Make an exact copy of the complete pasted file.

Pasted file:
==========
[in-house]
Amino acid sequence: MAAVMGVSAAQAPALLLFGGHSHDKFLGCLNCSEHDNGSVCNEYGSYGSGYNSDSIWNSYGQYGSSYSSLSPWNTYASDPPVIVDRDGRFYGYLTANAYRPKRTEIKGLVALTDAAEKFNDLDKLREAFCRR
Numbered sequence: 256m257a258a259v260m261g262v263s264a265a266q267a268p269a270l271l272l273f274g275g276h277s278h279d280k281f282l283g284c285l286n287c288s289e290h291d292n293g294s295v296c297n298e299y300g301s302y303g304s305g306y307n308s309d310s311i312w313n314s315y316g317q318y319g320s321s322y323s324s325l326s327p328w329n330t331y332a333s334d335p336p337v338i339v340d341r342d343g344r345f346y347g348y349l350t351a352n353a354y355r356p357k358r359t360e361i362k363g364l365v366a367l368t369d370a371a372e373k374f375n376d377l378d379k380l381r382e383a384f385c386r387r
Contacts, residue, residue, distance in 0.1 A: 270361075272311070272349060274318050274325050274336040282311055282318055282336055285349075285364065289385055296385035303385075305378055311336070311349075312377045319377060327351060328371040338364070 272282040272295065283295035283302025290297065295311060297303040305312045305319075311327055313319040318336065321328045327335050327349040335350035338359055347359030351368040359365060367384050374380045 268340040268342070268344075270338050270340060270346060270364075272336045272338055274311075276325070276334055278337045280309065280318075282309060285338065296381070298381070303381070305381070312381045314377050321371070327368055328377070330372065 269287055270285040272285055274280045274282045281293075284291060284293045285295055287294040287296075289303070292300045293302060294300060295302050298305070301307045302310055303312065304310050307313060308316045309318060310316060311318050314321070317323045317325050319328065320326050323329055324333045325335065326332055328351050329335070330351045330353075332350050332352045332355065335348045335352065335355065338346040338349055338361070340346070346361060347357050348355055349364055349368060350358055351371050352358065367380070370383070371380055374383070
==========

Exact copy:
[in-house]
Amino acid sequence: MAAVMGVSAAQAPALLLFGGHSHDKFLGCLNCSEHDNGSVCNEYGSYGSGYNSDSIWNSYGQYGSSYSSLSPWNTYASDPPVIVDRDGRFYGYLTANAYRPKRTEIKGLVALTDAAEKFNDLDKLREAFCRR
Numbered sequence: 256m257a258a259v260m261g262v263s264a265a266q267a268p269a270l271l272l273f274g275g276h277s278h279d280k281f282l283g284c285l286n287c288s289e290h291d292n293g294s295v296c297n298e299y300g301s302y303g304s305g306y307n308s309d310s311i312w313n314s315y316g317q318y319g320s321s322y323s324s325l326s327p328w329n330t331y332a333s334d335p336p337v338i339v340d341r342d343g344r345f346y347g348y349l350t351a352n353a354y355r356p357k358r359t360e361i362k363g364l365v366a367l368t369d370a371a372e373k374f375n376d377l378d379k380l381r382e383a384f385c386r387r
Contacts, residue, residue, distance in 0.1 A: 270361075272311070272349060274318050274325050274336040282311055282318055282336055285349075285364065289385055296385035303385075305378055311336070311349075312377045319377060327351060328371040338364070 272282040272295065283295035283302025290297065295311060297303040305312045305319075311327055313319040318336065321328045327335050327349040335350035338359055347359030351368040359365060367384050374380045 268340040268342070268344075270338050270340060270346060270364075272336045272338055274311075276325070276334055278337045280309065280318075282309060285338065296381070298381070303381070305381070312381045314377050321371070327368055328377070330372065 269287055270285040272285055274280045274282045281293075284291060284293045285295055287294040287296075289303070292300045293302060294300060295302050298305070301307045302310055303312065304310050307313060308316045309318060310316060311318050314321070317323045317325050319328065320326050323329055324333045325335065326332055328351050329335070330351045330353075332350050332352045332355065335348045335352065335355065338346040338349055338361070340346070346361060347357050348355055349364055349368060350358055351371050352358065367380070370383070371380055374383070